28 July 2008

James Merrill

[from James Merrill's From the First Nine: 1946-1976, 1981]

The Mad Scene

Again last night I dreamed the dream called Laundry.
In it, the sheets and towels of a life we were going to share,
The milk-stiff bibs, the shroud, each rag to be ever
Trampled or soiled, bled on or groped for blindly,
Came swooning out of an enormous willow hamper
Onto moon-marbly boards. We had just met. I watched
From outer darkness. I had dressed myself in clothes
Of a new fiber that never stains or wrinkles, never
Wears thin. The opera house sparkled with tiers
And tiers of eyes, like mine enlarged by belladonna,
Trained inward. There I saw the cloud-clot, gust by gust,
Form, and the lightning bite, and the roan mane unloosen.
Fingers were running in panic over the flute's nine gates.
Why did I flinch? I loved you. And in the downpour laughed
To have us wrung white, gnarled together, one
Topmost mordent of wisteria,
As the lean tree burst into grief.

From the First Nine. Poems 1946-1976

25 July 2008

James Merrill

[from James Merrill's Collected Prose]

unless there's a story, of what conceivable interest is a tone of voice?

. . .

It can take me dozens of drafts to get something right, which often turns out to be a perfect commonplace. What joy when it works -- like fighting one's way through cobwebs to an open window. I don't mean that the more work you put into something, the better it turns out. Often you can feel the life ebbing away at the hands of a Mad Embalmer.

Collected Prose

Jorie Graham

[from Jorie Graham's Hybrids of Plants and of Ghosts, 1980]

Girl at the Piano

It begins, what I can hear, with the train withdrawing from itself
at an even pace in the night although it always seems
to withdraw from us.
Our house almost continues

in its neighbors, although the thinnest bent and wavering fence
keeps us completely strange.
Perhaps it is a daughter who practices the piano, practices
slow and overstressed like the train, slow and relentless

like the crickets weaving their briar between us and growing
unsure of purpose. These three sounds continue, and I
alongside them so that we seem to stand
terribly still. Every change

is into a new childhood, what grows old only the fiber
of remembering, tight at first like crickets and ivories,
crickets and train,
then slackening

though always hanging on to the good bones of windowframes and eaves
and white columns of the porch
in moonlight. Like taffeta, the song,
though not yet learned, is closer to inhabiting her hands

and less her mind, ever closer to believing
it could never have been otherwise. Your sleep beside me is the real,
the loom I can return to when all loosens into speculation.
Silently, the air is woven

by the terribly important shuttle of your breath,
       the air that has crossed
your body retreating, the new air approaching. See,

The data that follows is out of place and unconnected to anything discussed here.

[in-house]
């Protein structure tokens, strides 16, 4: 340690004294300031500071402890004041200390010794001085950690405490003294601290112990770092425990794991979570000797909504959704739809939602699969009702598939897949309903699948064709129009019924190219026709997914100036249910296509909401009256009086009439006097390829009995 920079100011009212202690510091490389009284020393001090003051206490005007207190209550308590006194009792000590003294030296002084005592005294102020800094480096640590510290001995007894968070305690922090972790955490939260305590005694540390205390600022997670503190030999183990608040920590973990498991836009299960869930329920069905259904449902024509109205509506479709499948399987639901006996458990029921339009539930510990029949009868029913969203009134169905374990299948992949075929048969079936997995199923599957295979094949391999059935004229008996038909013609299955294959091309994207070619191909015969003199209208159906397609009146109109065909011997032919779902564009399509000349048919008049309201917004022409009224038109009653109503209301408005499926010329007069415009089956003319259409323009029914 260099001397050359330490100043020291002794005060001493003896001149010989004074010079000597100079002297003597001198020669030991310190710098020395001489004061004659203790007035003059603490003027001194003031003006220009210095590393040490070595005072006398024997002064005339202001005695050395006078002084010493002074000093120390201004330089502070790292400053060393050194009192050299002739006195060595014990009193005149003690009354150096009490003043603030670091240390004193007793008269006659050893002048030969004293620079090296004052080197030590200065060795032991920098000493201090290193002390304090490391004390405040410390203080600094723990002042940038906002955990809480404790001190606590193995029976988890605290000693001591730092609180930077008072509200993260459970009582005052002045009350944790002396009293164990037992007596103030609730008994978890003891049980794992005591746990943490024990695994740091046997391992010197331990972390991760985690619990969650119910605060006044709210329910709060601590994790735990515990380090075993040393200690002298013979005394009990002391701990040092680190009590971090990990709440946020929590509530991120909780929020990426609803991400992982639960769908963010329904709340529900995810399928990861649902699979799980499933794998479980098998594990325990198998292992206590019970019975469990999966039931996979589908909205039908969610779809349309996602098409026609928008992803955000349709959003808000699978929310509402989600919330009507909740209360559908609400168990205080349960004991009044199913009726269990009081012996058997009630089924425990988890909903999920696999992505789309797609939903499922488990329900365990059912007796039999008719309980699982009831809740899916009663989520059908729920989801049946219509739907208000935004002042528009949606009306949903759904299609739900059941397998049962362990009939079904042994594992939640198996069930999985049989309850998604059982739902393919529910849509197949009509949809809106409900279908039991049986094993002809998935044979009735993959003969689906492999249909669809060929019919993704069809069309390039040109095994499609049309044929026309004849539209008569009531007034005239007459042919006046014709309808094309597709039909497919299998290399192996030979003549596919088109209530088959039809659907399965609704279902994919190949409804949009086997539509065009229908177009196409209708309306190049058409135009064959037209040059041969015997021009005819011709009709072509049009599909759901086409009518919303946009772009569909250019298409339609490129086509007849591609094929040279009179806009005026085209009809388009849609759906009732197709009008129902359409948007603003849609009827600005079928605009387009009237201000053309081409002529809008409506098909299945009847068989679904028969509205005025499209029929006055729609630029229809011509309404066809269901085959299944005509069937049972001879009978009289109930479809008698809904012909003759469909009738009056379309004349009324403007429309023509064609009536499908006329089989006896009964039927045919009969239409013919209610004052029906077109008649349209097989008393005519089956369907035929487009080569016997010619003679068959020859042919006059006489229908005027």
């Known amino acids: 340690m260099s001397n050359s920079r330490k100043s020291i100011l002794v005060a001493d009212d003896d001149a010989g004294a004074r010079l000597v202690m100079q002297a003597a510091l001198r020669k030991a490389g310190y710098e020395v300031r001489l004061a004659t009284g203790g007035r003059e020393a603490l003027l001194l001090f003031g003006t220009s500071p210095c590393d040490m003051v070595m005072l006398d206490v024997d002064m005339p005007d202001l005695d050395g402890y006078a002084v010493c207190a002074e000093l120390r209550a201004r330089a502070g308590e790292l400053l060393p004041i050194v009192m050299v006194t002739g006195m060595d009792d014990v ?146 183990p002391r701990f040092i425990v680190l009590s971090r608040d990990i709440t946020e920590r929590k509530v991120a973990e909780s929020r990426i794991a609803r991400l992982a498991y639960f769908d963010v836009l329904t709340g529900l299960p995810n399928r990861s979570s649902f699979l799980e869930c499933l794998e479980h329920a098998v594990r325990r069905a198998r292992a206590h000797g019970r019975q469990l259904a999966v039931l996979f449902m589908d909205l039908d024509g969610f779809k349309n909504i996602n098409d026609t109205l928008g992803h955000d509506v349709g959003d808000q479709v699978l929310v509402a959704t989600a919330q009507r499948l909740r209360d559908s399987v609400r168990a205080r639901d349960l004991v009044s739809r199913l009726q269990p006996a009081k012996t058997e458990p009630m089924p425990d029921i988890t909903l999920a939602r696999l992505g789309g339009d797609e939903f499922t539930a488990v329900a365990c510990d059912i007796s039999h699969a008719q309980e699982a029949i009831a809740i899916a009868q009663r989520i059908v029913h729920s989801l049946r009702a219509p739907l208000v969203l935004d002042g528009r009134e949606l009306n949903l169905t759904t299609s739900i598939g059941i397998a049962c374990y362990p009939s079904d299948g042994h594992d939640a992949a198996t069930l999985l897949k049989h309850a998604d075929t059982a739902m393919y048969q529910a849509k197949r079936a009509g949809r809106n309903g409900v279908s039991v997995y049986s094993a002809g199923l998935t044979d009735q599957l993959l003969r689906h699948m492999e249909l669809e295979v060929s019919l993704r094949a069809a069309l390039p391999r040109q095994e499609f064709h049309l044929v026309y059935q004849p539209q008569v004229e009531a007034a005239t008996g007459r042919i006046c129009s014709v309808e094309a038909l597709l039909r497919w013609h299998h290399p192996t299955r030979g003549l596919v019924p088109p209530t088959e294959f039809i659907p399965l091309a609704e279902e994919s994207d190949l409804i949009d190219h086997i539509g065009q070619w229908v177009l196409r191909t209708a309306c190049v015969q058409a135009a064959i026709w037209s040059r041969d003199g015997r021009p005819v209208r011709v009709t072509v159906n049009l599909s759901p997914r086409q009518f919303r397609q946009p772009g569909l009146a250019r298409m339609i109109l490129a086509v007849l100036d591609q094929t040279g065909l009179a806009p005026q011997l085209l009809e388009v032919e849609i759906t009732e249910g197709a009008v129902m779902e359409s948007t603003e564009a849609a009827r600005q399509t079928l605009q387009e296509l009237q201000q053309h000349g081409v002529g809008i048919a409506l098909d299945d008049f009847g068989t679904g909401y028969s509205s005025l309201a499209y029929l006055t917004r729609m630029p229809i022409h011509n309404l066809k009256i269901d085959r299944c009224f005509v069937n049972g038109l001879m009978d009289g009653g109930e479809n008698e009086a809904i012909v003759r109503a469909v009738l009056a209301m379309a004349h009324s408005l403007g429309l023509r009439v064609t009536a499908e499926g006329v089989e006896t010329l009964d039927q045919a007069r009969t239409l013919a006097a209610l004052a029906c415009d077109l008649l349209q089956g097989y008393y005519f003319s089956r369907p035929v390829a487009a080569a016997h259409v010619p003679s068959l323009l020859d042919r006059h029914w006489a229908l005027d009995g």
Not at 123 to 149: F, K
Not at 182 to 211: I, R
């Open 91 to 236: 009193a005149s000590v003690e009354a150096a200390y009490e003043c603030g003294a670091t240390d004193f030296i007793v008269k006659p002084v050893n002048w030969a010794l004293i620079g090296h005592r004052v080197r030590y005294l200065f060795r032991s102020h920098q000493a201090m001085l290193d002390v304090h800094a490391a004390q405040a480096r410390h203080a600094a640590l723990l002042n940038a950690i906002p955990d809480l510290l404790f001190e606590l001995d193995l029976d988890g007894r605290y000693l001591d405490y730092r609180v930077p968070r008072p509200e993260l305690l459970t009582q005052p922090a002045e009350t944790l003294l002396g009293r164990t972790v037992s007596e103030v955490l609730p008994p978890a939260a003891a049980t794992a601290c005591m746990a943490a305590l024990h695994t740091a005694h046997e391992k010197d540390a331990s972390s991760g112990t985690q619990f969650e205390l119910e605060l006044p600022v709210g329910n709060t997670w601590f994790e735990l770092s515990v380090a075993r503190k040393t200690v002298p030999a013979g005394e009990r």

transformation, or our love of it,
draws a pattern we can't see but own. Like the pennies we pushed

into the soil beneath the pillowy hydrangea, pennies
that will turn the white flowers blue,
or the song I finish past her, the completely learned song
like my other self, a penny slipped next to the heart, a neighbor.

Hybrids of Plants and of Ghosts (Princeton Series of Contemporary Poets)

23 July 2008

Kimberly Johnson

[from Kimberly Johnson's A Metaphorical God, 2008]

Jubilee, featured today on Verse Daily

A Metaphorical God: Poems

22 July 2008

William Carlos Williams

[from William Carlos Williams's Kora in Hell: Improvisations, 1918]


When you hang your clothes on the line you do not expect to see the line broken and them trailing in the mud. Nor would you expect to keep your hands clean by putting them in a dirty pocket. However and of course if you are a market man, fish, cheeses and the like going under your fingers every minute in the hour you would not leave off the business and expect to handle a basket of fine laces without at least mopping yourself on a towel, soiled as it may be. Then how will you expect a fine trickle of words to follow you through the intimacies of this dance without — oh, come let us walk together into the air awhile first. One must be watchman to much secret arrogance before his ways are tuned to these measures. You see there is a dip of the ground between us. You think you can leap up from your gross caresses of these creatures and at a gesture fling it all off and step out in silver to my finger tips. Ah, it is not that I do not wait for you, always! But my sweet fellow — you have broken yourself without purpose, you are — Hark! it is the music! Whence does it come? What! Out of the ground? Is it this that you have been preparing fro me? Ha, goodbye, I have a rendezvous in the tips of three birch sisters. Encouragez vox musiciens! Ask them to play faster. I will return — later. Ah you are kind. — and I? must dance with the wind, make my own snow flakes, whistle a contrapuntal melody to my own fugue! Huzza then, this is the mazurka of the hollow log! Huzza then, this is the dance of rain in the cold trees.


What can it mean to you that a child wears pretty clothes and speaks three languages or that its mother goes to the best shops? It means: July has good need of his blazing sun. But if you pick one berry from the ash tree I'd not know it again for the same no matter how the rain washed. Make my bed of witchhazel twigs, said the old man, since they bloom on the brink of winter.


Truth's a wonder. What difference is it how the best head we have greets his first born these days? What weight has it that the bravest hair of all's gone waiting on cheap tables or the most garrulous lives lonely by a bad neighbor and has her south windows pestered with caterpillars? The nights are long for lice combing or moon dodging — and the net comes in empty again. Or there's been no fish in this fiord since Christian was a baby. Yet     up surges the good zest and the game's on. Follow at my heels, there's little to tell you you'd think a stoopsworth. You'd pick the same faces in a crowd no matter what I'd say. And you'd be right too. The path's not yours till you've gone it alone a time. But here's another handful of west wind. White of the night! White of the night. Turn back till I tell you a puzzle: What is it in the stilled face of an old mender man and winter not far off and a darky parts his wool, and wenches wear of a Sunday? It's a sparrow with a crumb in his beak dodging wheels and clouds crossing two ways.